I know someone who can turn the most insignificant happy-thought into the most stroke-worthy bitch-session. If I say, “Hey check out the size of this Big Gulp of iced tea from 7-11. Eighty-nine cents.” I hear, “I HATE 7-11. What a dirty waste of people’s time going there. It is pathetic those places exist and they are filled with GMO food that is killing everyone anyway, AND you’re better off making icedtea at homeornot even having it becausethetea candehydrateyouandyoulljustendupneedingwaterandblahblahblah hmmmmmmmpukepuke….” And on it goes. What is the value in that? Where is the benefit in being around that?
Maybe I’m simply around too many people. By that I should say I am around too many people aware I’m around. When I travel, the crowds don’t bother me because then I’m no one, just another face on the street. But in my life here in the hallways of the college or other places where someone mistakes an innocent comment as an invitation to yet-again-bitch, everyone seems to have something to say to me. And more often lately it is negative.
The concept “If you don’t have anything nice to say, don’t say anything at all,” which I grew up with, is gone. On the news, in the classroom, and even in seemingly innocent conversations about a frigging Big Gulp. Please.
So I’m on a mission to dial back the news to a need-to-know-only basis. Even—especially—the news on the television and internet and radio. It is essential to be well informed, but it is equally essential to be able to separate the news from the noise. My stress level has adjusted up during the last four months to some higher level of anxiety not at all compensated for by valuable information. Material gathered should be worth the anguish to obtain it. But that simply isn’t the case any longer. Now it is just static which causes stress, which doesn’t benefit me at all.
Excuse me while I step aside. It won’t bother anybody if I simply duck away for awhile. I can no longer handle the endless stream of garbage reported in media. Don’t pay any mind to me if I move out of the way while the convoy of criticism and manipulation passes . I’ll just sit and watch the water and wildlife do their thing, the perpetual movement of the tide. In fact, my health, my energy, and my stress level are all improved by the absence of the nightly news, which I once revered. And I’m better off without the one on one conversations with way too many negative people. I am more likely to live longer, less likely to have a negative disposition, and infinitely more likely to relax by turning away from the those discussions. No contest.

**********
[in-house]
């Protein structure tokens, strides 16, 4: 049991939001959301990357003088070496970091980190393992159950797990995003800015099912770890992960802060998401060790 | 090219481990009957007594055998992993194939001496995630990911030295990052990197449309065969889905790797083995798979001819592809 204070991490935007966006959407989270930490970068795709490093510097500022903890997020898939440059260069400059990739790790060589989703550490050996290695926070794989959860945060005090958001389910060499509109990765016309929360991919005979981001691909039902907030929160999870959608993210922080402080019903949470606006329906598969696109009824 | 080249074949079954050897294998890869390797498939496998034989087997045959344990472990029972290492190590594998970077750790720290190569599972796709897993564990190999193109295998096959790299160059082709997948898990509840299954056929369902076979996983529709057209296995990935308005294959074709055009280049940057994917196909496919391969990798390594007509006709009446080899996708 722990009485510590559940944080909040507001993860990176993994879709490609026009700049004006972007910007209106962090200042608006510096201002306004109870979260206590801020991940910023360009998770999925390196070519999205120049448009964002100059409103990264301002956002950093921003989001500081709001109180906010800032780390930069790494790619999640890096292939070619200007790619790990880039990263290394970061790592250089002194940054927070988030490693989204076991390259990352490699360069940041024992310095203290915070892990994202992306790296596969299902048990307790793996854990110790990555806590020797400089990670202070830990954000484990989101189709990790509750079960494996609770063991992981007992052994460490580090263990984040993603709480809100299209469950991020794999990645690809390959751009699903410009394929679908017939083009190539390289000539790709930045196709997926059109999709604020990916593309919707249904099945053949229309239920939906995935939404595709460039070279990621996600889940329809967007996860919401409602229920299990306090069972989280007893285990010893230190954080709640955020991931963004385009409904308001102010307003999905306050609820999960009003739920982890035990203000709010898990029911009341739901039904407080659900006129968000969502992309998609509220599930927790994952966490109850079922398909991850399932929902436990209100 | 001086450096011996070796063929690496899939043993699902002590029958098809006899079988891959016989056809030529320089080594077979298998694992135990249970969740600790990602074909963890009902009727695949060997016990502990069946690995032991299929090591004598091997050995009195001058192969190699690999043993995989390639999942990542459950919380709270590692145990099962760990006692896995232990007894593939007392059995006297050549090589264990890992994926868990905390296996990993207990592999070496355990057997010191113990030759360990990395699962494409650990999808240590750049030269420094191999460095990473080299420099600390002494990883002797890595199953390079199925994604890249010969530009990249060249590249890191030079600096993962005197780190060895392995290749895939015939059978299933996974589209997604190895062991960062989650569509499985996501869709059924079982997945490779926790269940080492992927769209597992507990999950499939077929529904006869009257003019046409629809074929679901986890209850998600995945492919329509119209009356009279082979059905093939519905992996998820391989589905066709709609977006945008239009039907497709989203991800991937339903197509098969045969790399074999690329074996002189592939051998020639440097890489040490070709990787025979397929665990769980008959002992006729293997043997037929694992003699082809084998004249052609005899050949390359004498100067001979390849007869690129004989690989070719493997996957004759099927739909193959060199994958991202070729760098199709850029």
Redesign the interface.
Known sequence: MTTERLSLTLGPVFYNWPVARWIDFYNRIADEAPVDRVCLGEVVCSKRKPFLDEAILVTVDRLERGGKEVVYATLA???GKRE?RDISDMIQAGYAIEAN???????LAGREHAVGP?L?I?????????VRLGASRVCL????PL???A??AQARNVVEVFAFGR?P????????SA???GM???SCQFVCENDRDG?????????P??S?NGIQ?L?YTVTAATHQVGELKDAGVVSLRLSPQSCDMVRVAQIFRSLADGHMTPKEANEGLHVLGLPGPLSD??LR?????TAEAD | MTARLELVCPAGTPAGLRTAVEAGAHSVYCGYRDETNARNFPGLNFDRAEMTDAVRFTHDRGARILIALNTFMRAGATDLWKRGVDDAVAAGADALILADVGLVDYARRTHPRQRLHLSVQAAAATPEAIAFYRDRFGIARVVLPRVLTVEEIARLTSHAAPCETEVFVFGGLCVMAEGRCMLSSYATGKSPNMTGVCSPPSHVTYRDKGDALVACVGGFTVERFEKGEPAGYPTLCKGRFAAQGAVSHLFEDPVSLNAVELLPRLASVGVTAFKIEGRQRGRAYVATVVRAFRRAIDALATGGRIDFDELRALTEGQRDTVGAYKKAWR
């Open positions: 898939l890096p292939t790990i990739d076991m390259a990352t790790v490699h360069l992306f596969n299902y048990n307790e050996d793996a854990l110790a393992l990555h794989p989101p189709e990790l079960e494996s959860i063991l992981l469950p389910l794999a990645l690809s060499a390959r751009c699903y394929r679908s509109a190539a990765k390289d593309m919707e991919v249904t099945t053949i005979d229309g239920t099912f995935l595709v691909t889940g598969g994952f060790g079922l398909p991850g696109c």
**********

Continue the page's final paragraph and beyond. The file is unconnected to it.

When I’m at the river and the sun is just changing tones behind clouds in the west, it doesn’t make a bit of difference who the president is, what the commentators had to say, which tweets came from which attention-deficit minds, and what happens next. My phone alert from the NY Times Breaking News doesn’t really catch my attention anymore, and I am far less interested in who said what than I am in keeping my blood pressure in double digits and my heart rate closer to my age than my golf score.
When the eagle glides from the tree tops, and the osprey teach their young to fly, and the clouds at dusk separate colors in prism-like perfection, it is hard to remember what the complaining was all about anyway. We carry our baggage way longer than we ever need to, if we ever really needed to at all. And the answers we seek in day to day life won’t be unearthed during some pointless pursuit of fair and balanced. Even if I listened more intently to all the facts and expert opinions and came to the correct conclusions agreed upon by Nobel laureates and Pulitzer Prize winning journalists, what then? So I might know the truth about A and the lies told by B and the injustice we see served to those in need. Again, what then?